End likely to signal new beginning for Lakers
In the end, it was still about the individual. Moments after getting shredded by a group that defined the concept of T-E-A-M, it was all about me for the Lakers.
Phil Jackson said there was a slim chance he'd be back. Kobe Bryant said he had no clue, other than to confirm for the umpteenth time that he will opt out of his contract and see what's out there in free agency. Shaquille O'Neal, who is under contract for two more years, probably summed it up as only he can.
"It's going to be a funny summer," Shaq said Tuesday night, after the Lakers were eliminated by the Pistons in five games in the NBA Finals. "Everyone's going to take care of their own business and everyone's going to do what's best for them. I don't know what that entails."
We can safely surmise that one development will be a diaspora not seen since the Bulls went every which way following the 1998 title season. But that Chicago team didn't have the intramural feuding that characterized this Lakers team. That team rallied around its coach, not against him. But when the dust settled after the Bulls won the 1998 title, Jackson went into exile, Michael Jordan (briefly) retired, Scottie Pippen was traded to Houston, and, worst of all, Luc Longley went to Phoenix. No wonder they haven't recovered.
No one knows what's going to happen with this Lakers group except that the Lakers who take the floor next fall won't look very much like the Lakers who left the Palace of Auburn Hills with their ears back and their tails between their legs. Virtually every player of note, except Shaq, will become a free agent or has a chance to become one. (For purposes of accuracy, neither Devean George nor Rick Fox is deemed to be a player of note even though each has been a starter.)
The biggest "if" is Bryant. It's interesting to note that of all the possible locales for Kobe next season, one possibility is never mentioned: Colorado's Department of Corrections. Kobe's going to the Clippers. Or the Knicks. Or the Suns. Or staying put. But there's also the possibility, however unlikely, that that felony sexual assault charge just might stick.
It was 11 months ago tomorrow that Bryant was charged. There hasn't even been a trial date set yet. Given the pit-bull tactics of Bryant's lawyers during pretrial hearings -- overturning the Colorado rape shield law? -- you can expect more of the same at trial. And it will all be out there for everyone to see, hear, and digest.
So there's free agency and freedom for Bryant. One he controls. The other he doesn't.
There is a consensus around the league, however, that Bryant is not married to the almighty dollar; otherwise he would have signed with the Lakers, who can offer him more than anyone else. In other words, he might take less elsewhere; he turns 26 in August. There's also a prevailing sentiment that the Lakers will not enable Bryant to go elsewhere by executing a sign-and-trade. When the Kings made that clear a couple of summers back with Chris Webber, the player's options were limited to Sacramento or somewhere else for $100 million less. Webber re-signed.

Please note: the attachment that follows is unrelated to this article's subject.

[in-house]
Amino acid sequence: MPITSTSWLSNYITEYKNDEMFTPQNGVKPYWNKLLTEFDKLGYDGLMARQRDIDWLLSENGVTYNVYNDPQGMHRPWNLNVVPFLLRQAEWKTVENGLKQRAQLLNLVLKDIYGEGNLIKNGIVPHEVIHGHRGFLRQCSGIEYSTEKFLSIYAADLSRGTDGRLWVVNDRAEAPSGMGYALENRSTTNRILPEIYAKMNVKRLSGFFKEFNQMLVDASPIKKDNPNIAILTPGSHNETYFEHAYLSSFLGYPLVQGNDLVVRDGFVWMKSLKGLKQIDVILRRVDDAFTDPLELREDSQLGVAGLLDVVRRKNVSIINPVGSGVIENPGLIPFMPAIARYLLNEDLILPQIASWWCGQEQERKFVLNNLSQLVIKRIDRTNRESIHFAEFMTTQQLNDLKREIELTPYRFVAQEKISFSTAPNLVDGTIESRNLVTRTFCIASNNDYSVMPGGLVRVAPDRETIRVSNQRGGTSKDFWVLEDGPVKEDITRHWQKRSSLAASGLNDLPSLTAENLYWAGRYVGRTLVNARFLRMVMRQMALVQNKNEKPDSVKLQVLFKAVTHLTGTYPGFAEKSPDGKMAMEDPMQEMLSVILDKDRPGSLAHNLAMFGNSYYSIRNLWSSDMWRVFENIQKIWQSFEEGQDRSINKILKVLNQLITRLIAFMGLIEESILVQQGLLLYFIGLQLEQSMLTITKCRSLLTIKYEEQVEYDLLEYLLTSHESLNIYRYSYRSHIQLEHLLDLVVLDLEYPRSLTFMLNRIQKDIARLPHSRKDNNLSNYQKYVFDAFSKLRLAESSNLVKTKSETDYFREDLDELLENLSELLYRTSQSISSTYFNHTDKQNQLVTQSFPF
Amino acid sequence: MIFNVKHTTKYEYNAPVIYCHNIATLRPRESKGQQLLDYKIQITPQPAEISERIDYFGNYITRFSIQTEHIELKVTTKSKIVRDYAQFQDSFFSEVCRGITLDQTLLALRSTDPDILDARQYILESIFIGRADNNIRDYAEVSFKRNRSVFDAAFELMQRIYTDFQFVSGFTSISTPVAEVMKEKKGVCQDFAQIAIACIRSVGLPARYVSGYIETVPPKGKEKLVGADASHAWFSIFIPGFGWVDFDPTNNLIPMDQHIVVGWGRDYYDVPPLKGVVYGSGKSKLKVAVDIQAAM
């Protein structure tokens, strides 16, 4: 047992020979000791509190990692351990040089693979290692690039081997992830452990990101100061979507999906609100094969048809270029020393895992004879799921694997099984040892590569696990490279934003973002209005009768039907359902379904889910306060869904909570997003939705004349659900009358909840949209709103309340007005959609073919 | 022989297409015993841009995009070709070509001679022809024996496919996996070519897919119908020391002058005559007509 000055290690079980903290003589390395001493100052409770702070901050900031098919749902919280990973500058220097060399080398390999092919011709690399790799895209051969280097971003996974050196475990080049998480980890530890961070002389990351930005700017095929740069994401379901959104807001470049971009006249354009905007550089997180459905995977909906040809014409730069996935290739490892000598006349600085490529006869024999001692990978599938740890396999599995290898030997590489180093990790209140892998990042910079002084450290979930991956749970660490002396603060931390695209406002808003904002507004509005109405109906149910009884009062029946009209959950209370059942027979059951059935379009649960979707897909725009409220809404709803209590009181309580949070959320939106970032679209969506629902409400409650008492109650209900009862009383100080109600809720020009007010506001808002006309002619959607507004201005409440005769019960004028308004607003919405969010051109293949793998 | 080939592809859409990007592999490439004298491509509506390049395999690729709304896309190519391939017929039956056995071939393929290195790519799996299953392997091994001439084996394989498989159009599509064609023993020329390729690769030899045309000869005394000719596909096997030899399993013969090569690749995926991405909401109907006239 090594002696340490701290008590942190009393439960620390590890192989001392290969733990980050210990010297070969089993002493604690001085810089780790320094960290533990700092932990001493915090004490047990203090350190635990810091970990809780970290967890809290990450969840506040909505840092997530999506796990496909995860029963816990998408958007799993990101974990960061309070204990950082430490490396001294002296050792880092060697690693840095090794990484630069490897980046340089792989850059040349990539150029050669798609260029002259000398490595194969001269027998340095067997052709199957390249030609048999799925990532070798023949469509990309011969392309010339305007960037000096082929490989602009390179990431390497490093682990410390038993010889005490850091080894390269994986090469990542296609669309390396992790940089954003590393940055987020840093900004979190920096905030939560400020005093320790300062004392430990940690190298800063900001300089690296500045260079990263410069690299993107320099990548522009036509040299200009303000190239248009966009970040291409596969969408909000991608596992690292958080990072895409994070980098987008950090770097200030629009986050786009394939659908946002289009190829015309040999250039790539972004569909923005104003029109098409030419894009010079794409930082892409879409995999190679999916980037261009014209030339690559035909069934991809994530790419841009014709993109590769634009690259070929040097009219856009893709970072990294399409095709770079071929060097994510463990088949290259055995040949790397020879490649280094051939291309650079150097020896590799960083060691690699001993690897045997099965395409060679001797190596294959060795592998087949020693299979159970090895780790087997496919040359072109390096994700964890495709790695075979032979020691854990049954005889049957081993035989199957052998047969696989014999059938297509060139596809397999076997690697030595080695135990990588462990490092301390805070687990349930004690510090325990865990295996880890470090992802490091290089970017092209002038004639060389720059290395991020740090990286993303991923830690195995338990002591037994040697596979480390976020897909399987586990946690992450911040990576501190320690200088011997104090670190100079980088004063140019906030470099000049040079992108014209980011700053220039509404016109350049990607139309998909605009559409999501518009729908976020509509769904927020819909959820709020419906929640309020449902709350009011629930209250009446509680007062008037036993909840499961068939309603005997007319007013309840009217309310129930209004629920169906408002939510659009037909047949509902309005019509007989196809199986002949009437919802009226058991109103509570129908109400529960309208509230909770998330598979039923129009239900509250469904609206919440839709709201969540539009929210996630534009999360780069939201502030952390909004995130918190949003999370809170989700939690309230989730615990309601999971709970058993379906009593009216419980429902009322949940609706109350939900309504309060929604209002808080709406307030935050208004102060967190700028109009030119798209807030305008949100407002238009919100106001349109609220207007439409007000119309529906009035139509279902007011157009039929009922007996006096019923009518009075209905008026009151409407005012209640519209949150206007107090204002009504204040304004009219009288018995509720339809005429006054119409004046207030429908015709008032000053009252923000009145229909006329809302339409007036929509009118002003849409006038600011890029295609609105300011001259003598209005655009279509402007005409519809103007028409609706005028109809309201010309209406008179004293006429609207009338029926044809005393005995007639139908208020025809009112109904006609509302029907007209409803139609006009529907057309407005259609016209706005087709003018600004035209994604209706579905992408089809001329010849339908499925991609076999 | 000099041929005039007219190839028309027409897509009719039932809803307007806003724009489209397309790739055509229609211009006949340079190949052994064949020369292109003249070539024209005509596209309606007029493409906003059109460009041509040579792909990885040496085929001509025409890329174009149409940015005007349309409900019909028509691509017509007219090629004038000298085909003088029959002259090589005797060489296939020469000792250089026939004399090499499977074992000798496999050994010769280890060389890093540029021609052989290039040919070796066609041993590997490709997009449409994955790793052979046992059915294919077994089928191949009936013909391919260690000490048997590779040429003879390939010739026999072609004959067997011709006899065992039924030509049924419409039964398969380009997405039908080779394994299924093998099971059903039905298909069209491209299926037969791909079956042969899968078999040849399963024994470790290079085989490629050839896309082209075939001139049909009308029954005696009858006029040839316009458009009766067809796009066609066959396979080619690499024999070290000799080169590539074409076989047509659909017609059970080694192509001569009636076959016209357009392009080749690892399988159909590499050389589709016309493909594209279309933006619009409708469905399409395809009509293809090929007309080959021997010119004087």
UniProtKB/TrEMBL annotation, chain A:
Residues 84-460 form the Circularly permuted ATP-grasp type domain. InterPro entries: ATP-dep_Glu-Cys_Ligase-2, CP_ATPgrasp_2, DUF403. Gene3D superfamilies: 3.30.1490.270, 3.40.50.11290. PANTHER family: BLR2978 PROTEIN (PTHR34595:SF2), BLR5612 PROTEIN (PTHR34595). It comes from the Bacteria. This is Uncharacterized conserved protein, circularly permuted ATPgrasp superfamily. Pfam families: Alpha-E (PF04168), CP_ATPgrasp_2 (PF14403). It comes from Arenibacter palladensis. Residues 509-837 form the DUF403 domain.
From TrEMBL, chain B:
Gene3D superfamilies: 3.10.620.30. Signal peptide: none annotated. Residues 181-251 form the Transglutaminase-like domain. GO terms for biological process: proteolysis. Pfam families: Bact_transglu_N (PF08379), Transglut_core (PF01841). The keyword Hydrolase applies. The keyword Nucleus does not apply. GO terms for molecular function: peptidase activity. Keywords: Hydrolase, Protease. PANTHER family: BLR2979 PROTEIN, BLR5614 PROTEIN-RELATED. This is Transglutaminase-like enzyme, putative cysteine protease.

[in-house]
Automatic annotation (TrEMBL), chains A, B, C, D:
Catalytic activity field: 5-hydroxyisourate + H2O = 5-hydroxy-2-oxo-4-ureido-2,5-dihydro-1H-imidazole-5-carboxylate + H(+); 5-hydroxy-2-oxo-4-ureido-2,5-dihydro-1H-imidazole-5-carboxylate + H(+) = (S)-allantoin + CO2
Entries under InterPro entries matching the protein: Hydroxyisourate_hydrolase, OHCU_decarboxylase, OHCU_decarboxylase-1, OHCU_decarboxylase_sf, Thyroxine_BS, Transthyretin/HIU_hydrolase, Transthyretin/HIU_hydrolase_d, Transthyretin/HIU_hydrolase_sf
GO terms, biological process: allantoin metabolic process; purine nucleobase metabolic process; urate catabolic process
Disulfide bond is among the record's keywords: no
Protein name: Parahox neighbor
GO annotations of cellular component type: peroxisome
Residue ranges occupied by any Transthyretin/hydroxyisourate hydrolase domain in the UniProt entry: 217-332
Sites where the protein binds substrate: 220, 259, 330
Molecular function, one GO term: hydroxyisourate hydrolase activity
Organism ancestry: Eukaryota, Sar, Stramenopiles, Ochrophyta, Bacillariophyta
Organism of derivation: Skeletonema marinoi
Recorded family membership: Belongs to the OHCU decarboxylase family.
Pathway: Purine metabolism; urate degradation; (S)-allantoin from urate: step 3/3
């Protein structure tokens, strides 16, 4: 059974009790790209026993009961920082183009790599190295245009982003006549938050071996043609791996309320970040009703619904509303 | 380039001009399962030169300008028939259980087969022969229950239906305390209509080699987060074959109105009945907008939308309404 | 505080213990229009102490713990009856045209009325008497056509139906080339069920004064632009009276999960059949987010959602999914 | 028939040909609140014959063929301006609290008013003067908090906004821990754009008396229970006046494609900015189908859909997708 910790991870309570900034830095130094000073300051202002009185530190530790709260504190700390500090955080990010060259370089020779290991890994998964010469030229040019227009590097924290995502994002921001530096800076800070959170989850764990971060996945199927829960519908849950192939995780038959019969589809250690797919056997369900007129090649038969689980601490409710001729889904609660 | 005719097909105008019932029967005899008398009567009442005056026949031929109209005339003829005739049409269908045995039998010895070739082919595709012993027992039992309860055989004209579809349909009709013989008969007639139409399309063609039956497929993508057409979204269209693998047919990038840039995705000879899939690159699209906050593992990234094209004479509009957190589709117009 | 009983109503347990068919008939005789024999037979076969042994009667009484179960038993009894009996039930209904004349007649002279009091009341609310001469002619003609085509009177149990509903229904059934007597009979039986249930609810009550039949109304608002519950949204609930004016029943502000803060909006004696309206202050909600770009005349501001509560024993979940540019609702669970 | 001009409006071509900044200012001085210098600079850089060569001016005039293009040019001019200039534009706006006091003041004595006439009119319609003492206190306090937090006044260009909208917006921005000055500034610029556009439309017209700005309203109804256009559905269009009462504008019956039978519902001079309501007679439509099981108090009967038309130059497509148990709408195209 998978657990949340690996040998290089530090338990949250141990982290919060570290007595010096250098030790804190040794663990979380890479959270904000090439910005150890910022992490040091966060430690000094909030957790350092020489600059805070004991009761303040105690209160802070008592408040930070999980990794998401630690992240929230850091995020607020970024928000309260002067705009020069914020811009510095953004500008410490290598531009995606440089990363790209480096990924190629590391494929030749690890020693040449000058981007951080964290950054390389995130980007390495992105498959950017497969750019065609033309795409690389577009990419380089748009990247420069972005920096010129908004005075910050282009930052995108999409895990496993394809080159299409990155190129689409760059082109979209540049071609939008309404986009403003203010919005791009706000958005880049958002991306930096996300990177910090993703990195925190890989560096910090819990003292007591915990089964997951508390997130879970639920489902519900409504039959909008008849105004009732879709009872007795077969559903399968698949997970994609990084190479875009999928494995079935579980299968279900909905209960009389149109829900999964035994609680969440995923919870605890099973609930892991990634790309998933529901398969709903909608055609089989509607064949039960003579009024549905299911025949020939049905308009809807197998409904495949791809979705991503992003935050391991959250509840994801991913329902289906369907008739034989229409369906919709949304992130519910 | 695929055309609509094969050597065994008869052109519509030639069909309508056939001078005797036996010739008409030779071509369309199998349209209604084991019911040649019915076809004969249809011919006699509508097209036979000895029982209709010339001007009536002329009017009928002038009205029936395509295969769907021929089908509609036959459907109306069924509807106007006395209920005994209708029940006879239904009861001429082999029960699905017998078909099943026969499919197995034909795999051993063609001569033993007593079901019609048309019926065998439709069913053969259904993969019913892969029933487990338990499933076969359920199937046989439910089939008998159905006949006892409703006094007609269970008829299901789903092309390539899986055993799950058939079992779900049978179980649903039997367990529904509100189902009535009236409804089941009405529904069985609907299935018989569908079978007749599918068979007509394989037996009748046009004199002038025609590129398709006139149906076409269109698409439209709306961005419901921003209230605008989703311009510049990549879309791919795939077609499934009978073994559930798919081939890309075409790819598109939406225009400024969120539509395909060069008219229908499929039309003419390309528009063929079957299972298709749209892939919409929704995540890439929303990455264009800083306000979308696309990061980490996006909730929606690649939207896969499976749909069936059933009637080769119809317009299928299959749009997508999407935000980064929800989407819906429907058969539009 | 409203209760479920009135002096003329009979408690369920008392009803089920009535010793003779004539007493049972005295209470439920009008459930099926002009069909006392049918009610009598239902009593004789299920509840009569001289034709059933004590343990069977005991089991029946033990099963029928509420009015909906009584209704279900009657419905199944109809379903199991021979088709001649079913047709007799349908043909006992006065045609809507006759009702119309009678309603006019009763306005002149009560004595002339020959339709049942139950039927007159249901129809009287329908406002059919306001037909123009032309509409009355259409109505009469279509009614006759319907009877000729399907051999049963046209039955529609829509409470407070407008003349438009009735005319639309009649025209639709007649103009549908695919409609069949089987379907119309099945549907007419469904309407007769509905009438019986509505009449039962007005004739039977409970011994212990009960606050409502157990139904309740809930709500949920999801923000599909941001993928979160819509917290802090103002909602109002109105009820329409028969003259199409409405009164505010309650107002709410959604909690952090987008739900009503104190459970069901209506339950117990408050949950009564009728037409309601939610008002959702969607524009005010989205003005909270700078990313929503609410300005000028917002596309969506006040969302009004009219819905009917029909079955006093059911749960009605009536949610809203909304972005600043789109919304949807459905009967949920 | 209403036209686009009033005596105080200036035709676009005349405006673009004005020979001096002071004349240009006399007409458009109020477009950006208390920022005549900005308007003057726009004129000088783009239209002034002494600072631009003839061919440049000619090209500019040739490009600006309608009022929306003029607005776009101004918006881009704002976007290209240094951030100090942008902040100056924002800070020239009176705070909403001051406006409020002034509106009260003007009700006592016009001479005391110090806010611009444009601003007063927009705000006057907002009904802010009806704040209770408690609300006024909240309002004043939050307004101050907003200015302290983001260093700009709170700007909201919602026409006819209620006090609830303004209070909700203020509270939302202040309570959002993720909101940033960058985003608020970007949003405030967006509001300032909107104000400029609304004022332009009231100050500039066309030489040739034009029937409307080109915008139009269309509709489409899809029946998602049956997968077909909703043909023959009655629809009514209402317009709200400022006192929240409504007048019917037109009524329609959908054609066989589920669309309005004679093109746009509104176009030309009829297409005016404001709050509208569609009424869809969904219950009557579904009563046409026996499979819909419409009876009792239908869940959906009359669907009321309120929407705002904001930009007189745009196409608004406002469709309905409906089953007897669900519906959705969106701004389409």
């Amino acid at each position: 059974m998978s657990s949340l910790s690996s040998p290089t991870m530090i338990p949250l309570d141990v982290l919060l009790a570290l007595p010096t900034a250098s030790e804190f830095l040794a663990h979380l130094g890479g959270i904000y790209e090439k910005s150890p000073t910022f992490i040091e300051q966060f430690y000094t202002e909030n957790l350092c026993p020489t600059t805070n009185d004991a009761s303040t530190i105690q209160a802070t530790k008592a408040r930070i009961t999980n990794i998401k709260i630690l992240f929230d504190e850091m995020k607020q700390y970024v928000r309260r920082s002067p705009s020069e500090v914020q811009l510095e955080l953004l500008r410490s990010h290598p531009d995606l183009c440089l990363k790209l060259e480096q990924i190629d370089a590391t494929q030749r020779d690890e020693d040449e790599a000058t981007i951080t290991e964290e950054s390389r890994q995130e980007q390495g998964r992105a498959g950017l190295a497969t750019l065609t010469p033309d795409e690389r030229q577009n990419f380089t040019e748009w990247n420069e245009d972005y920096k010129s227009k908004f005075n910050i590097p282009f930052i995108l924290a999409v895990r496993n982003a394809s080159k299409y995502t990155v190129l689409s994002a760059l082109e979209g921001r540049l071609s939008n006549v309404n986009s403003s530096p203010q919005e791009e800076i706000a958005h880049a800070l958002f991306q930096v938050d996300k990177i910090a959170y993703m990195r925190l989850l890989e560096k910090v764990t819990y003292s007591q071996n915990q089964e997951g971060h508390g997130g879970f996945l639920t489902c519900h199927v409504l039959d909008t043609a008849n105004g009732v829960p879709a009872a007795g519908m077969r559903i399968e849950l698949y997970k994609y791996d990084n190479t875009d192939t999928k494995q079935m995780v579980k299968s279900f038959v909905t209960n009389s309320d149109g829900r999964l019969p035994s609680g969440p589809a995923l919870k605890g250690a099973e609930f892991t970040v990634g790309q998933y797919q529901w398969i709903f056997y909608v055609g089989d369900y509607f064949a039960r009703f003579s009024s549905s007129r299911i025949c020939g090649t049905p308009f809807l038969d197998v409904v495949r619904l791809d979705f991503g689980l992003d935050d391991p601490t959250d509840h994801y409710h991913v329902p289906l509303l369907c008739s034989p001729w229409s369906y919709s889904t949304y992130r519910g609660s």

Jackson appears to have run his course. One thing about Phil is that his sense of timing (not to mention location) has always been impeccable. He knows what's going on and if it's disassembling on the inside as it is on the outside, who can blame him for heading to the Montana hills? But no one else got Shaq and Kobe -- together -- to the NBA Finals. He did it four times in five years.
Karl Malone looks cooked. Don't underestimate what his injury did to the Lakers. It's not an excuse. It's reality. But he's going to be 41 next month and his plaque in Springfield is already waiting for him, with or without a ring. As he put it after Game 5, "There are guys that have rings that don't deserve to have them, and there are guys that you think deserve them that don't have them. I'm one of those."
Gary Payton can opt out of his contract, but he does so knowing he's unlikely to get the $5.4 million he's owed anywhere else. (That was Payton and not some impersonator in the Finals, wasn't it?) Then again, if Kobe goes and Phil goes, maybe the new coach will see the light and let Payton run the show. That would be Gary's line of thinking, anyway.
Derek Fisher can opt out. Fox has one year left, but has talked about retiring, even if the Lakers remain unconvinced he will willingly part ways with $5 million. Slava Medvedenko is a free agent.
Change is coming and in a big way. Shaq, the biggest of them all, doesn't appear to be a part of the movement, but you never know. Kareem Abdul-Jabbar was traded. Wilt Chamberlain was traded twice. But that was in the pre-salary cap days, and O'Neal's hefty take ($29 million plus) makes him hard to move.
One of the wilder theories is that the Lakers will move Shaq, who turned 32 in March, and rebuild around a re-signed Bryant and whatever players O'Neal might bring in a trade. There undoubtedly will be others before the start of training camp. When general manager Mitch Kupchak suggested there would be no offseason, he wasn't kidding.
As O'Neal reminded everyone during his midnight confessions after Game 5, "This summer is going to be a different summer for a lot of people. Everyone is going to take care of their own business and everyone is going to do what's best for them, including me."
© Copyright 2004 Globe Newspaper Company.